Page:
(I refuse to give a 'spoiler alert' to anyone in any instance. It seems arbitrary and unnecessary. If you decide to read an article about something, in this case a television program, in which you are not caught up with the story, it is your own fault if something gets spoiled. Why would anyone write about a topic and not make it as current as possible? That would be like me writing an NBA playoff preview column from the perspective of two weeks ago before we knew the match-ups.)
Now, I am sure it still is not clear when I began watching Lost since it is not really clear when or in what reality Juliet died, assuming she is, in fact, dead. The point is, I decided to jump in after season five had concluded, but well prior to season six, which turned out to be the greatest television-show-watching decision of my life. I was able to use my friendly neighborhood Hulu, and watch every episode in a row. Starting with the plane crash in season one, and ending with the plane not crashing to begin season six, I was in complete control. I would watch an episode, and if I was left confused, (which happened roughly 88% of the time) I would immediately watch another. If I was delighted and wanted to ponder what had transpired, I would take a few days before delving back in. I controlled the pace so Lost didn't control me. This is the ideal way to enjoy Lost. However, I am well aware this is not helpful to most people, nor me to anymore. Since I am caught up, I am now forced to wait a week between episodes like every other sorry sap. And it really is torture.
No worries though. I am here to help, with the ultimate guide to get the most out of your Lost viewing experience. The first, and probably most important thing to have at your disposal, is the ability to pause the program. I usually watch my Lost the next day online, rather than live on ABC. Or, for everyone who lives in the 21st century and has a DVR, you can pause while watching live on ABC. (I guess watching any program the next day on the internet is pretty 21st century too) This is key to give yourself time to react and recover. Two weeks ago, when Charlie was drowning in the car and Desmond had the flash sideways to connect the two realities, I was forced to pause. I literally got out of my chair and walked around my apartment saying "Oh man, oh man." Then again this past week, my mind was boggled when Libby sat down to talk with Hurley, a man she had supposedly never met before, yet could remember. Without this capability, you are at the mercy of the network, actually hoping for a commercial break that would not have come, so you could simply digest what had transpired.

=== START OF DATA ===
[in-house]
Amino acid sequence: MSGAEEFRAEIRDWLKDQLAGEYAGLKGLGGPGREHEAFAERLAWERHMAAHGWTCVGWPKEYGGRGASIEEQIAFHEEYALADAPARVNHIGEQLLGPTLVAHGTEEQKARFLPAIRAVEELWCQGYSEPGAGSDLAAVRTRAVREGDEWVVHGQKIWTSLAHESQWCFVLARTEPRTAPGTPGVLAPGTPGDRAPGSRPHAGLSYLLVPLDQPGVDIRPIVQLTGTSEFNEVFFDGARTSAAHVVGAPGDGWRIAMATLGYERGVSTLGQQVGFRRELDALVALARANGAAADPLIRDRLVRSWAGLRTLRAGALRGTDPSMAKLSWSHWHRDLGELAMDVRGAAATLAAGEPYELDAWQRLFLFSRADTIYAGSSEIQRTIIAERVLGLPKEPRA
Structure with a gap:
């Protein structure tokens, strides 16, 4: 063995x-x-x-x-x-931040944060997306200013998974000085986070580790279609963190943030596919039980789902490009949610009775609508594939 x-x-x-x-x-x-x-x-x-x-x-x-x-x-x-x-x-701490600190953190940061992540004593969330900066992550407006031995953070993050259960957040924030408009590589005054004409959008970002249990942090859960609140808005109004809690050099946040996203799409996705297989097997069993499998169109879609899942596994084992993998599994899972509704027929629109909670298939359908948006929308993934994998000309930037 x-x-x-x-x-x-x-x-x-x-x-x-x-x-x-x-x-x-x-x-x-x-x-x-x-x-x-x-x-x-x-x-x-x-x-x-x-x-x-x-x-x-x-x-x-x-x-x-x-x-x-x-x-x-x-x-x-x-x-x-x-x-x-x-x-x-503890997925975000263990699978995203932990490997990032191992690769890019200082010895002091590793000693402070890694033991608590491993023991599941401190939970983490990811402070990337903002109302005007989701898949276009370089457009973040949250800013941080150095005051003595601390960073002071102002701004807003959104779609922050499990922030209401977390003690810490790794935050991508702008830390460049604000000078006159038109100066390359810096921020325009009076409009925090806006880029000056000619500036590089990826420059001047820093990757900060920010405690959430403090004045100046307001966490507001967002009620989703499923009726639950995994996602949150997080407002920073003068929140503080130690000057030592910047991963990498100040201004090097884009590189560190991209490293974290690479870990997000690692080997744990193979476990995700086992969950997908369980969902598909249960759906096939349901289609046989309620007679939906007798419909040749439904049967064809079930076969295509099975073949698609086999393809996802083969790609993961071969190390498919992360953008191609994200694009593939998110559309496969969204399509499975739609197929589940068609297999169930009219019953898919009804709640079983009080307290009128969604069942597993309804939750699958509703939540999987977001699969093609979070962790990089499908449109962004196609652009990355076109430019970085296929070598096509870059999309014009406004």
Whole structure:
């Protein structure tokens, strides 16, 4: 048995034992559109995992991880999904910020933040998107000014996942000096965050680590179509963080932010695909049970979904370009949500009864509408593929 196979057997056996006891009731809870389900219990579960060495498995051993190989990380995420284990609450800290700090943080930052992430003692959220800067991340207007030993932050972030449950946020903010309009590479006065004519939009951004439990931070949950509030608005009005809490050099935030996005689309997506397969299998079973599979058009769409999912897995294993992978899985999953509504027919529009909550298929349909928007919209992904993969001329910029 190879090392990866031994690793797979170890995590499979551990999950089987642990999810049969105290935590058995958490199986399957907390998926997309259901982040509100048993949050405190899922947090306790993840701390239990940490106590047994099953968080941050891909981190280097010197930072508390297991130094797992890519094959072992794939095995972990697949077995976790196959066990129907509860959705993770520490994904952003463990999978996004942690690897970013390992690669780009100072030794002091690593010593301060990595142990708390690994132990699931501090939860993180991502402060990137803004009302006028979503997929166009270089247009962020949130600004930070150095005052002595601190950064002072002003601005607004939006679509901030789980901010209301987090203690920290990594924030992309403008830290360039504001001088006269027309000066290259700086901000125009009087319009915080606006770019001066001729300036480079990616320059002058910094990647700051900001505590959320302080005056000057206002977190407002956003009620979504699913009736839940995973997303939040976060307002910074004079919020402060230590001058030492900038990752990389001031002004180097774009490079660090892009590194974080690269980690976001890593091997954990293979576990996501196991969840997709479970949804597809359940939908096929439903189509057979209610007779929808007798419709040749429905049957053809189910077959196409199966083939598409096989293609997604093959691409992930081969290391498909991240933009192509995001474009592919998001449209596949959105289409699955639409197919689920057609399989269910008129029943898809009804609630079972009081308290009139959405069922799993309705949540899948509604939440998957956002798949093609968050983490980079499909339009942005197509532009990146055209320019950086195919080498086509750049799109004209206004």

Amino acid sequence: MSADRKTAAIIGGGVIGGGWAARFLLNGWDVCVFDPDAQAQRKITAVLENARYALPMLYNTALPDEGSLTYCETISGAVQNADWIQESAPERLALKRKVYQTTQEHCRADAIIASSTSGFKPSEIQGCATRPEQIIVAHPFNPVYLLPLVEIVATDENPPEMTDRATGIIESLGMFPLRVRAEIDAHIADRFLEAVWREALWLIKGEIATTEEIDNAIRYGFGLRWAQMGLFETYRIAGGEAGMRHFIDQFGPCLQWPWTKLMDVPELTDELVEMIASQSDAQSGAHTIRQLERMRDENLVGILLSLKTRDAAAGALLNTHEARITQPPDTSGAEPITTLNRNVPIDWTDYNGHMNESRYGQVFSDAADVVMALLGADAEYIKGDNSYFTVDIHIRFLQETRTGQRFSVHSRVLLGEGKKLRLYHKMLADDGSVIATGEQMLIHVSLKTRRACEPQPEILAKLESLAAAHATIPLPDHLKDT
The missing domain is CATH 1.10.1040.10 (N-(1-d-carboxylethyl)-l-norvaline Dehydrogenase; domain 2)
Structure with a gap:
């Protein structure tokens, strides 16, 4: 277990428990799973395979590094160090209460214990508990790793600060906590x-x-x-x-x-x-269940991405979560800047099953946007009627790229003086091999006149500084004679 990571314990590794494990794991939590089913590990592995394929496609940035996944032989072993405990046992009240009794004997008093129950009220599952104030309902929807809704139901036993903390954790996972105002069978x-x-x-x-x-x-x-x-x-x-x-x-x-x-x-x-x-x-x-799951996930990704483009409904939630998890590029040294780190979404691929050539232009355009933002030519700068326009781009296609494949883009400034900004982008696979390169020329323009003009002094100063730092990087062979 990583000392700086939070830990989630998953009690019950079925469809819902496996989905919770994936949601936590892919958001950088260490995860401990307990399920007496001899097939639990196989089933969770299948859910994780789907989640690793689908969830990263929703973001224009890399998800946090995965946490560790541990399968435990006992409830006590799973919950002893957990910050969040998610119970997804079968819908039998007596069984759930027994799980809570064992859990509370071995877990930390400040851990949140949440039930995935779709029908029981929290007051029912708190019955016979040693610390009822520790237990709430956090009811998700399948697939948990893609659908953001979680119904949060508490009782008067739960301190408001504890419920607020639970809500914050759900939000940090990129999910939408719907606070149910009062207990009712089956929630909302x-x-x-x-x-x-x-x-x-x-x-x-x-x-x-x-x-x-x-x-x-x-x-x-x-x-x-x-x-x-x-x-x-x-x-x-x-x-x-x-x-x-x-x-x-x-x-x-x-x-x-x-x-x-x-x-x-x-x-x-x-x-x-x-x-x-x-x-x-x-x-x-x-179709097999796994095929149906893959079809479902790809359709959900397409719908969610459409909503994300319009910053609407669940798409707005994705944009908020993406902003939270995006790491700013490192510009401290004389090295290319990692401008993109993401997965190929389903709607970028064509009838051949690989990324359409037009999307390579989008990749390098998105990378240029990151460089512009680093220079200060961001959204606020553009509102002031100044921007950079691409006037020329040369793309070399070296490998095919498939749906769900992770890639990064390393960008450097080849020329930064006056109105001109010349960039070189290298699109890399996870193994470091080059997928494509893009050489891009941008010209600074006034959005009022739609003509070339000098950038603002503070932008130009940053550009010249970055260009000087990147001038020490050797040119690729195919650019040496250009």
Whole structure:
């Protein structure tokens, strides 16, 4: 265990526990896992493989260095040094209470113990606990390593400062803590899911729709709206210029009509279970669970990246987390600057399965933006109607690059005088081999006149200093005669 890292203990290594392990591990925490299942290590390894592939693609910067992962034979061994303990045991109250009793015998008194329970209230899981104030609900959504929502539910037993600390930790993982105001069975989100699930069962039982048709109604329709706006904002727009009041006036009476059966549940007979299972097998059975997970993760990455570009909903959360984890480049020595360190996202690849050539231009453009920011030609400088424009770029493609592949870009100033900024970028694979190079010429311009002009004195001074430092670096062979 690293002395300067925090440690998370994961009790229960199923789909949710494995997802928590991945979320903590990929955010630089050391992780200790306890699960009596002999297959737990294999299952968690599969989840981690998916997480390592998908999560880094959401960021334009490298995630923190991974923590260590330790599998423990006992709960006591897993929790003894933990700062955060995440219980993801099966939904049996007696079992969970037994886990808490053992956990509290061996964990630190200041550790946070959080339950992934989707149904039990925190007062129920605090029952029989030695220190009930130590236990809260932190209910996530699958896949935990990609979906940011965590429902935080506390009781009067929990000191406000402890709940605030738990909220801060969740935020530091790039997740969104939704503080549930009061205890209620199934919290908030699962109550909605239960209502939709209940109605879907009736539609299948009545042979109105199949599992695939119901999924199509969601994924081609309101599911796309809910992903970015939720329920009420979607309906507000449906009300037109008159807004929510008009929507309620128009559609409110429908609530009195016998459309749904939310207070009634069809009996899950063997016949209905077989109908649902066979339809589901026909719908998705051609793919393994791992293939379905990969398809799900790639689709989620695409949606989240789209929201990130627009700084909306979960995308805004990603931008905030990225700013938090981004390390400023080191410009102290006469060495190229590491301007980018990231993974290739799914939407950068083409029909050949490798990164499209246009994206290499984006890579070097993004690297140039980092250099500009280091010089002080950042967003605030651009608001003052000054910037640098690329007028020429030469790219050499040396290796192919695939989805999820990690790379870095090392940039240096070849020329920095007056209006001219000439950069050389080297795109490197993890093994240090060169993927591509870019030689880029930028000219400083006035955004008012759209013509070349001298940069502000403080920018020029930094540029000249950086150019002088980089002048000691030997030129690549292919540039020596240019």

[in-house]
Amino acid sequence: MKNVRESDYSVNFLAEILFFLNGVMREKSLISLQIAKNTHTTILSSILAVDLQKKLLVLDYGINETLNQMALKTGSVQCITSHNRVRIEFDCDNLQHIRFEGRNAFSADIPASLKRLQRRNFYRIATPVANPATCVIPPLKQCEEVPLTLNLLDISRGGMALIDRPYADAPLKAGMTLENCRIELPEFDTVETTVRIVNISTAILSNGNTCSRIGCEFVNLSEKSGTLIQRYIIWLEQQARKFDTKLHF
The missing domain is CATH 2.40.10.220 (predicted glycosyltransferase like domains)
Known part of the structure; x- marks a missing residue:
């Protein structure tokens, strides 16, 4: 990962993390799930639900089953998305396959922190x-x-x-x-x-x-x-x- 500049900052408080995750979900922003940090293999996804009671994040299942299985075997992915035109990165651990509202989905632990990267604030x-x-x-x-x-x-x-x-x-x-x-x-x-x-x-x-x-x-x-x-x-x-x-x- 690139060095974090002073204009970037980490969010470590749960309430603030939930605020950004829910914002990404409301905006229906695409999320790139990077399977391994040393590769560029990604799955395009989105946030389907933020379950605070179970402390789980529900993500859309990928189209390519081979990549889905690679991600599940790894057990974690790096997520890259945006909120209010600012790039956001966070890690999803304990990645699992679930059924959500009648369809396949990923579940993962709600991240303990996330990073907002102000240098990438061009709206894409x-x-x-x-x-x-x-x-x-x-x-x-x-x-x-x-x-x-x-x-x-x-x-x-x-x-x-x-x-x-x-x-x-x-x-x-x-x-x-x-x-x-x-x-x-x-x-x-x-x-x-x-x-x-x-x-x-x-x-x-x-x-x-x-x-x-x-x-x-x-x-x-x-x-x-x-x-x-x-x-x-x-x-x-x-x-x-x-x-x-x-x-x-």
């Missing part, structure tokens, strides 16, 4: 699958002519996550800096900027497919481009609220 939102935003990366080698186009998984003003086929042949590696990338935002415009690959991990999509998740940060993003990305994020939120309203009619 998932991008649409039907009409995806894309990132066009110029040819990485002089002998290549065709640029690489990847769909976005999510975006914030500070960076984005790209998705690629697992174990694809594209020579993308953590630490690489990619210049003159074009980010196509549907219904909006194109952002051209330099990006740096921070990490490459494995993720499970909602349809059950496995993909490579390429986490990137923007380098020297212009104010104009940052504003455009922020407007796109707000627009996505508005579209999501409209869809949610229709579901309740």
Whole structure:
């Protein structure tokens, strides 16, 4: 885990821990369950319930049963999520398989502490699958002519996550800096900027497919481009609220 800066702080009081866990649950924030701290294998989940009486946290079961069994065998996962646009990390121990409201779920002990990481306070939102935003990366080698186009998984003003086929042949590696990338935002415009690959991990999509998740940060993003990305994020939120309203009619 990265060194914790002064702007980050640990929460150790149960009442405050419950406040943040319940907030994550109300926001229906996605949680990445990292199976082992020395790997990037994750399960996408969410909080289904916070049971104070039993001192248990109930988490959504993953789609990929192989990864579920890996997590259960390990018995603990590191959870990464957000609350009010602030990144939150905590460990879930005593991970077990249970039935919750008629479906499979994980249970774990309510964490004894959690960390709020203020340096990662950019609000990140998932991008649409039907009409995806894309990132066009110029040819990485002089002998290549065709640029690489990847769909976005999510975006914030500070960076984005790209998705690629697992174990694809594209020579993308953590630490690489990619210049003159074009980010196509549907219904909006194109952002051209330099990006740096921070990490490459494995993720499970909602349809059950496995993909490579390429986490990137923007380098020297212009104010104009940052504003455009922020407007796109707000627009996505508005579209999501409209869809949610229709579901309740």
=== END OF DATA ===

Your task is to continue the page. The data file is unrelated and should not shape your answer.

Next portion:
The next key to maximizing your Lost enjoyment is simple. Have faith. I realize this is easier said than done. I, myself, have had times where my faith has wavered; I was considering turning to another, perhaps to Fringe or 24. (That's a complete lie. I never watch anything on Fox besides cartoons.) Have faith in the fact that the Lost writers will get us back. That is the key. No matter how far off we come, they will bring us back. So far, through five and a half seasons, I feel good about this. When the time travel started a few seasons back, I know many were skeptical that this show could right itself. Well no more. After a few island jumps and bright flashes, us fans know that it really does not matter in the least what year it is. When we first encountered the billows of smoke that seemed to emanate fear and death, we were worried that none of it made sense. Well no more. Now we all realize that the smoke monster did in fact bring fear and death; there was no reason to feel confused. When Hugo Reyes first started seeing people who were known to have died, and had the ability to speak with them, we might have been at our last straws. Well no more. Midway through season six, the loyal followers know Hugo Reyes can see and talk with people who have died. It is a real load off. So the bottom line is to have faith that the Lost writers will take us to the end of this journey safely, just as they have done thus far.
The last way to fully enjoy Lost is easier and more important than all the other ways to enjoy Lost. Never try to figure out what is going on. Never. It makes your whole viewing experience stress free. Don't worry about if Sayid is dead or not. They will let us know. Who cares why some characters in the 'alternate reality' can remember the other world and some cannot. Is the fact that Sun and Jin can never catch up to each other symbolizing something? Is each character's sideways life somehow reflexive of how they acted and the people they followed in the current world? Maybe, maybe not, but the point is, never try to figure this out.
If you follow all these tips, Lost will be a shining beacon in your life every Tuesday night.